Misti Burmeister
author, speaker, executive coach

Misti Burmeister

Misti Burmeister, author of "From Boomers to Bloggers," founded Inspirion Inc. and specializes in speaking, executive coaching, and generational diversity in the workplace.


Practice, practice

Q: In his first six days in the major leagues, the Nationals' Danny Espinosa blasted three home runs, including a grand slam. Do you find that your biggest successes come in big bursts, or as the result of slow and steady progress? Is success more about "base hits," or "home runs"?

Just after completing what felt like my best-ever speech last week, I was on top of the world, giving thanks and letting my colleagues in on the good news. Just four weeks prior I was hardly able to look myself in the mirror, fearing I had let my audience down. Yet, it was the lessons learned during my speech four weeks earlier that prepared me for the speech I gave last week.

My speaking career, along with my writing and consulting work, continue to evolve -- get better. Sure, I've had big opportunities with the media that presented themselves at the perfect time, which ultimately sky-rocketed the success of my first book ("From Boomers To Bloggers"), making it a best-seller in the first three months it was out. But, ultimately, had I written a terrible book, no media would have made it into a success.

Just like Danny Espinosa consistently practices and strengthens himself both mentally and physically, I consistently read, write, speak, coach, consult, receive feedback and ultimately get better. That way, when the big opportunities come, I'm ready for them.

One of my favorite quotes on this top is by Zig Ziglar:

"While the hurricanes and tornadoes get all the publicity, did you know it's the termites that do the most damage?"

It's the insane amount of preparation that makes the big opportunities both possible and successful. A great friend of mine, Jacob, said to me recently, "Someday I want to be the kind of speaker that doesn't have to memorize anymore, just has the message and keeps it fresh by grooving with the tempo and the audience. In the meantime, it's 'Practice, write, practice, speak!' And keep going, keep breathing. The work is worth it."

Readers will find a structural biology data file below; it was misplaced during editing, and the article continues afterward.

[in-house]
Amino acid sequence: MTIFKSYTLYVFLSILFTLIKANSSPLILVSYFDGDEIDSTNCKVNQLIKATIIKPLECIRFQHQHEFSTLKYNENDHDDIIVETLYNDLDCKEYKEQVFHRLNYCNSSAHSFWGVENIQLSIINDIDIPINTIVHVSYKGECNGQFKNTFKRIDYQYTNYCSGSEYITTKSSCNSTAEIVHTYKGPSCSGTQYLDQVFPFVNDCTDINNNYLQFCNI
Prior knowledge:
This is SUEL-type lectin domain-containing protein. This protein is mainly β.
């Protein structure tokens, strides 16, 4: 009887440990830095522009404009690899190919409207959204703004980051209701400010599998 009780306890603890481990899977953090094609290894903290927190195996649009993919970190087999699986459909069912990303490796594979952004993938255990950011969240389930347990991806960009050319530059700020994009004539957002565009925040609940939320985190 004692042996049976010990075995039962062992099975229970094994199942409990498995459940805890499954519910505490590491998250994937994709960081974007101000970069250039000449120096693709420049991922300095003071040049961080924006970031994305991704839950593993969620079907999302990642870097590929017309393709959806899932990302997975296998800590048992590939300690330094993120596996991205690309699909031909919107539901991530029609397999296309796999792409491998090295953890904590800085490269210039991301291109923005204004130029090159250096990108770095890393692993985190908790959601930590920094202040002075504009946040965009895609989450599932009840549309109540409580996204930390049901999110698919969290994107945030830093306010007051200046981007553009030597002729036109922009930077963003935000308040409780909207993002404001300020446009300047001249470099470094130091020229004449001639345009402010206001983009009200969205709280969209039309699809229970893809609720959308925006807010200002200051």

This is true regardless of what industry or passion. We all have to start somewhere -- and, ultimately it's continual practice and feedback that prepare us for home runs.

-- Misti Burmeister, www.InspirionLLC.com

By Misti Burmeister  |  September 13, 2010; 12:00 AM ET  | Category:  Success: fast or slow? Save & Share:  Send E-mail   Facebook   Twitter   Digg   Yahoo Buzz   Del.icio.us   StumbleUpon   Technorati  
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Very insightful, as always!

Great points that we need to constantly evolve and help each other improve.

Thanks for sharing your wisdom. Your book is terrific!

Mary Kelly, PhD

Posted by: maryaloha | September 16, 2010 9:30 AM
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I agree entirely with your comments. The successful professional athlete spends countless time perfecting his skills. The brain surgeon spends a lifetime reading, thinking and studying to get to where he is. There are lots of child prodigies who fail because they do not put in the time and effort needed to be successful. The one think that cannot be minimized is talent. Regardless of how hard someone works, they must have the talent to accomplish what they set out to do. It is the combination of talent, some luck and hard work which leads to success.

Posted by: gvelanis | September 13, 2010 8:53 AM
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